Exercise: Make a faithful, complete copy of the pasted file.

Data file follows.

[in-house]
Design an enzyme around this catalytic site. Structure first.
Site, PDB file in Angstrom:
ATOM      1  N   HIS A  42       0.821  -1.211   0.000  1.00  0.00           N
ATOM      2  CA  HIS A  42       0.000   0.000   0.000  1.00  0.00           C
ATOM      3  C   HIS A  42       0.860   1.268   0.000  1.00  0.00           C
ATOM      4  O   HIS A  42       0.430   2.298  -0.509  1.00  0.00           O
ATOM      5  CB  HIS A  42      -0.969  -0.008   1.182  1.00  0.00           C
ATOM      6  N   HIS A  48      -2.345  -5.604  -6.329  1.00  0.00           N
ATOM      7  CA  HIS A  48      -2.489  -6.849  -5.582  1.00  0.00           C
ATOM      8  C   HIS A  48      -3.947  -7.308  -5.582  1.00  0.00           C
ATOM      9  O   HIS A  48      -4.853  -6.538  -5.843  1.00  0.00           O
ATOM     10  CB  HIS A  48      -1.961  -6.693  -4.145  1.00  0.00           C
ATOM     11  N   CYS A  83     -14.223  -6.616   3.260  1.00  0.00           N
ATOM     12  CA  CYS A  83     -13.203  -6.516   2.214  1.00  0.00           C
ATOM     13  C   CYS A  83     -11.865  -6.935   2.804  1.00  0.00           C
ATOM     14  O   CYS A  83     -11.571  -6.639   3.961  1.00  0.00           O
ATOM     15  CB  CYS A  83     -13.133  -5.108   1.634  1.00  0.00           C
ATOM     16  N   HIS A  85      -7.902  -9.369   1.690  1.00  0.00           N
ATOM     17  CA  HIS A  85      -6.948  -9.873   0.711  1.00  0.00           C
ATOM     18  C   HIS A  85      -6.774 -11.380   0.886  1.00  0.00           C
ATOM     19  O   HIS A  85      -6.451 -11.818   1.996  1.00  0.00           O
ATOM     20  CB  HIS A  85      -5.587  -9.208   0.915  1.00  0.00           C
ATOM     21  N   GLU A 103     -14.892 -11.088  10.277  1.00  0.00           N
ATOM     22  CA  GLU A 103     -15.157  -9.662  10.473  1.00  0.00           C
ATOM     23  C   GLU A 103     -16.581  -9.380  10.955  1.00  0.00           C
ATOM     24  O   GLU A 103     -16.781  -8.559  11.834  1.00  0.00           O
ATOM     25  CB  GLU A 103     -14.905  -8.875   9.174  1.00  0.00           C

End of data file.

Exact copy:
[in-house]
Design an enzyme around this catalytic site. Structure first.
Site, PDB file in Angstrom:
ATOM      1  N   HIS A  42       0.821  -1.211   0.000  1.00  0.00           N
ATOM      2  CA  HIS A  42       0.000   0.000   0.000  1.00  0.00           C
ATOM      3  C   HIS A  42       0.860   1.268   0.000  1.00  0.00           C
ATOM      4  O   HIS A  42       0.430   2.298  -0.509  1.00  0.00           O
ATOM      5  CB  HIS A  42      -0.969  -0.008   1.182  1.00  0.00           C
ATOM      6  N   HIS A  48      -2.345  -5.604  -6.329  1.00  0.00           N
ATOM      7  CA  HIS A  48      -2.489  -6.849  -5.582  1.00  0.00           C
ATOM      8  C   HIS A  48      -3.947  -7.308  -5.582  1.00  0.00           C
ATOM      9  O   HIS A  48      -4.853  -6.538  -5.843  1.00  0.00           O
ATOM     10  CB  HIS A  48      -1.961  -6.693  -4.145  1.00  0.00           C
ATOM     11  N   CYS A  83     -14.223  -6.616   3.260  1.00  0.00           N
ATOM     12  CA  CYS A  83     -13.203  -6.516   2.214  1.00  0.00           C
ATOM     13  C   CYS A  83     -11.865  -6.935   2.804  1.00  0.00           C
ATOM     14  O   CYS A  83     -11.571  -6.639   3.961  1.00  0.00           O
ATOM     15  CB  CYS A  83     -13.133  -5.108   1.634  1.00  0.00           C
ATOM     16  N   HIS A  85      -7.902  -9.369   1.690  1.00  0.00           N
ATOM     17  CA  HIS A  85      -6.948  -9.873   0.711  1.00  0.00           C
ATOM     18  C   HIS A  85      -6.774 -11.380   0.886  1.00  0.00           C
ATOM     19  O   HIS A  85      -6.451 -11.818   1.996  1.00  0.00           O
ATOM     20  CB  HIS A  85      -5.587  -9.208   0.915  1.00  0.00           C
ATOM     21  N   GLU A 103     -14.892 -11.088  10.277  1.00  0.00           N
ATOM     22  CA  GLU A 103     -15.157  -9.662  10.473  1.00  0.00           C
ATOM     23  C   GLU A 103     -16.581  -9.380  10.955  1.00  0.00           C
ATOM     24  O   GLU A 103     -16.781  -8.559  11.834  1.00  0.00           O
ATOM     25  CB  GLU A 103     -14.905  -8.875   9.174  1.00  0.00           C